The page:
I’d like more open source work in the world because people benefit from technology faster when they don’t have to ask permission. But open source is not the default, it’s opt-in (at least for digital things like software), so we have to actively explain why it’s a worthy action to take.
Working on github is a great first step since it makes the project easy to discover. However, I suspect a big part of the reason most people don’t pick a license is that they just want to use the tool itself for their work and they don’t really expect “rights” to be important enough to think about. The legal default is to reserve all rights, which saves the author the effort of thinking about it, but it creates a barrier to everyone else building off that thing.
I suspect creators are ambivalent about the theoretical value of their work. The long tail of open source is made up of a string of small, marginally useful bits of work. By relinquishing individual rights we free up that work to be aggregated and made more useful. That’s great for the person who finishes the project, and good for the world, but it doesn’t mean much for the individual developers.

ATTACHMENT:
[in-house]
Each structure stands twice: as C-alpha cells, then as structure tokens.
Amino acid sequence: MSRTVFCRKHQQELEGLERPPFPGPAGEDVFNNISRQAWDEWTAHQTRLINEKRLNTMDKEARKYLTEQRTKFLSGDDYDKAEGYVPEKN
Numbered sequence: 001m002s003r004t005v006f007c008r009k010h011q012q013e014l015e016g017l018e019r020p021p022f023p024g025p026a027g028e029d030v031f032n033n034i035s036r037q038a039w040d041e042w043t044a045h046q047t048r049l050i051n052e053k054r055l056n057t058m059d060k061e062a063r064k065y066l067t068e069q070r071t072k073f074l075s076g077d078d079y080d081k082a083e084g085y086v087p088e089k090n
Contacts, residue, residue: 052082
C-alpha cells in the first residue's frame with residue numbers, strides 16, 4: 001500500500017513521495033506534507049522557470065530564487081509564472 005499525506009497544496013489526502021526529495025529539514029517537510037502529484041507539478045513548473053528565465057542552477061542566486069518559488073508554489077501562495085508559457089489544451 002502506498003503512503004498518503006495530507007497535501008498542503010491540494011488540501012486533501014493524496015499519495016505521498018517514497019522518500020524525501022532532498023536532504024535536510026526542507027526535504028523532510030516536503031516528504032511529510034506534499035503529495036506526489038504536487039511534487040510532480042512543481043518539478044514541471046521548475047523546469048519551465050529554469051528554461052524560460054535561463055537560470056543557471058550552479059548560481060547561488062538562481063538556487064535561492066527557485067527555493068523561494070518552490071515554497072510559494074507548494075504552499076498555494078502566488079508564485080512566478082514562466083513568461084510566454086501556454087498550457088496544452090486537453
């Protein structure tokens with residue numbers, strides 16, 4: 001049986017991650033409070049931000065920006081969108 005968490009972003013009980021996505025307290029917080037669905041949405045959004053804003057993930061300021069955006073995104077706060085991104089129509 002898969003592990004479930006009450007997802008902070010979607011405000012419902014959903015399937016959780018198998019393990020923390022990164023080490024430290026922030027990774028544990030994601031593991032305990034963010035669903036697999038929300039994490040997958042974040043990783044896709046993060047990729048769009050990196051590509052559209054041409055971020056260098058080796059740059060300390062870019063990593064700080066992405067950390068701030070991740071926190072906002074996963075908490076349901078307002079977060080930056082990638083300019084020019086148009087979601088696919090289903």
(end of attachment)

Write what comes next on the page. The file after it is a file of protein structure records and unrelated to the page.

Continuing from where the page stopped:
Maybe we can encourage more active licensing by pointing out that just putting an open source license on the work lowers the barriers for hundreds or thousands of other people.
- “GitHub has made significant efforts to get its developers to thoughtfully license their software, but most developers still don’t bother. This can create problems for those that choose to deploy this seemingly unlicensed software.”
- “GitHub, more than any other code repository, put code first…But one of the potential pitfalls in this easy experience is that most GitHub developers continue to ignore open source.
- “A mere 14.9% of projects on GitHub in 2013 identified a license at all.”
- “All software, whether explicitly licensed or not, carries a copyright. That’s just how copyright law works.”
- “The more popular code…will generally find its way to a mainstream license, because enough people will get involved that expect mainstream licensing behavior.”